- Peptide (C)SASQERSLDEGVSIDG, corresponding to amino acid residues 892-907 of rat CaV2.3 (Accession Q07652). Intracellular loop between domains II and III.
- Rat brain membranes (1:200).
- Western blot analysis of rat brain membranes:1. Anti-CaV2.3 (CACNA1E) Antibody (#ACC-006), (1:200).
2. Anti-CaV2.3 (CACNA1E) Antibody, preincubated with Cav2.3/CACNA1E Blocking Peptide (#BLP-CC006).
- Mouse cerebellum.
Voltage-dependent Ca2+ channels (CaV channels) are pivotal players in many physiological roles such as secretion, contraction, migration and excitation.1
The voltage-dependent Ca2+ channels are composed of several subunits; α1, β, α2δ and γ. CaV channels were originally divided into six physiological types: L-, N-, P-, Q-, R-, and T-type.1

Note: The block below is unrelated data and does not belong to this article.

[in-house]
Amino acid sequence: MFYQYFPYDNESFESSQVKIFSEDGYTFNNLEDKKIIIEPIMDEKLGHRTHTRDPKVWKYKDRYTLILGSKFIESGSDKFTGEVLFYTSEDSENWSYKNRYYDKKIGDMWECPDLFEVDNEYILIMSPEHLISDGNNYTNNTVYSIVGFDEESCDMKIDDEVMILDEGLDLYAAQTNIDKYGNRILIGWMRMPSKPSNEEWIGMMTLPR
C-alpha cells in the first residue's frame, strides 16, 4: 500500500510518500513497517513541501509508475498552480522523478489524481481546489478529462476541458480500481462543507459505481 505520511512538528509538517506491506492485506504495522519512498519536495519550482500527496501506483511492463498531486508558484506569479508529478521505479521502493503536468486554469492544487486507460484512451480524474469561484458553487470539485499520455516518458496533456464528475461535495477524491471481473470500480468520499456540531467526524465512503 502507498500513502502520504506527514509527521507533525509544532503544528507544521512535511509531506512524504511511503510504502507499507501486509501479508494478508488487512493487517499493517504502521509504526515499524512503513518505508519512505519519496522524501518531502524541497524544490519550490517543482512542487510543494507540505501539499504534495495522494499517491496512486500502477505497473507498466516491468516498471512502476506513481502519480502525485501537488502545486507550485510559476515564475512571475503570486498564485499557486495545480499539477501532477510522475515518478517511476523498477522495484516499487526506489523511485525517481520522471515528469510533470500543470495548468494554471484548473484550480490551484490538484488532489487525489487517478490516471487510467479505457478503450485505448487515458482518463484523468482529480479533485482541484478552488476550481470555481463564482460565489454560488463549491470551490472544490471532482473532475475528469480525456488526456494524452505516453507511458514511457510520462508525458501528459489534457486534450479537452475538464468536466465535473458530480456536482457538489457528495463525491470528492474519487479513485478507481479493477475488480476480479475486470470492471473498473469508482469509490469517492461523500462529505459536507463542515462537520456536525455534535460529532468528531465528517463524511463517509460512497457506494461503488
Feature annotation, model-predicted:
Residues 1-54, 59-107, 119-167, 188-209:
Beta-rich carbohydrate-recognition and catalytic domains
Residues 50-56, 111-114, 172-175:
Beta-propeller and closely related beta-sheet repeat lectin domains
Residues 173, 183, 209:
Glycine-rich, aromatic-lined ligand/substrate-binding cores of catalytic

The CaV2.3 (formerly named α1E) protein, forms the R-type channels. R-type channels are highly sensitive to both SNX-482 (#RTS-500) and NiCl2. CaV2.3 channels were shown to mediate fast excitatory transmission in several synapses including the hippocampus.2
CaV2.3 channels can be modulated by the muscarinic G-protein coupled receptors.
In HEK-293 cells, expressing CaV2.3 channels, the R-type channel was shown to be both facilitated and inhibited by m1 and m2 muscarinic receptors. However, inhibition was much weaker than facilitation for the m1 receptor, while for m2 receptors, inhibition was much more pronounced than activation.3
Facilitation and inhibition by the same receptors was probably exerted via different pathways as was indicated by their response to various inhibitors.3